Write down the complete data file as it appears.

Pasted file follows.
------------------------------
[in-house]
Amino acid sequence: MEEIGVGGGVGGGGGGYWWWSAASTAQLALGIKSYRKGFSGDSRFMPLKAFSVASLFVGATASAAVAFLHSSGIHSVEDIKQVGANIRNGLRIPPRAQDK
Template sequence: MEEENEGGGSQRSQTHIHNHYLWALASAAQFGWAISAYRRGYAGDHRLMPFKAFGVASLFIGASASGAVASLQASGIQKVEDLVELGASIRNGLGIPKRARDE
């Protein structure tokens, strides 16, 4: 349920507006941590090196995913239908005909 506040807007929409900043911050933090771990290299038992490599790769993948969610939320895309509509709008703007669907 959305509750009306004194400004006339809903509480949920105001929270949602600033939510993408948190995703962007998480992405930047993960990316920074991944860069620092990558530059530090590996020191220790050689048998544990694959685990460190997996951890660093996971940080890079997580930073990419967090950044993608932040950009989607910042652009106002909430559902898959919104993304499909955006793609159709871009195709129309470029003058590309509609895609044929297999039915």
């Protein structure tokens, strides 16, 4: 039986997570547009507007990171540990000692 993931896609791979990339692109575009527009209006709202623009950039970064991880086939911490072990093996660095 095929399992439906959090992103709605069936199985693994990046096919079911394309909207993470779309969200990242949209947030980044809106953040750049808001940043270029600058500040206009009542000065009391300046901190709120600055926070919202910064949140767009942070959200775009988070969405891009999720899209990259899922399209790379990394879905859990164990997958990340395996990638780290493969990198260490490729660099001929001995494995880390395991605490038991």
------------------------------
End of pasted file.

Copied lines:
[in-house]
Amino acid sequence: MEEIGVGGGVGGGGGGYWWWSAASTAQLALGIKSYRKGFSGDSRFMPLKAFSVASLFVGATASAAVAFLHSSGIHSVEDIKQVGANIRNGLRIPPRAQDK
Template sequence: MEEENEGGGSQRSQTHIHNHYLWALASAAQFGWAISAYRRGYAGDHRLMPFKAFGVASLFIGASASGAVASLQASGIQKVEDLVELGASIRNGLGIPKRARDE
């Protein structure tokens, strides 16, 4: 349920507006941590090196995913239908005909 506040807007929409900043911050933090771990290299038992490599790769993948969610939320895309509509709008703007669907 959305509750009306004194400004006339809903509480949920105001929270949602600033939510993408948190995703962007998480992405930047993960990316920074991944860069620092990558530059530090590996020191220790050689048998544990694959685990460190997996951890660093996971940080890079997580930073990419967090950044993608932040950009989607910042652009106002909430559902898959919104993304499909955006793609159709871009195709129309470029003058590309509609895609044929297999039915």
């Protein structure tokens, strides 16, 4: 039986997570547009507007990171540990000692 993931896609791979990339692109575009527009209006709202623009950039970064991880086939911490072990093996660095 095929399992439906959090992103709605069936199985693994990046096919079911394309909207993470779309969200990242949209947030980044809106953040750049808001940043270029600058500040206009009542000065009391300046901190709120600055926070919202910064949140767009942070959200775009988070969405891009999720899209990259899922399209790379990394879905859990164990997958990340395996990638780290493969990198260490490729660099001929001995494995880390395991605490038991």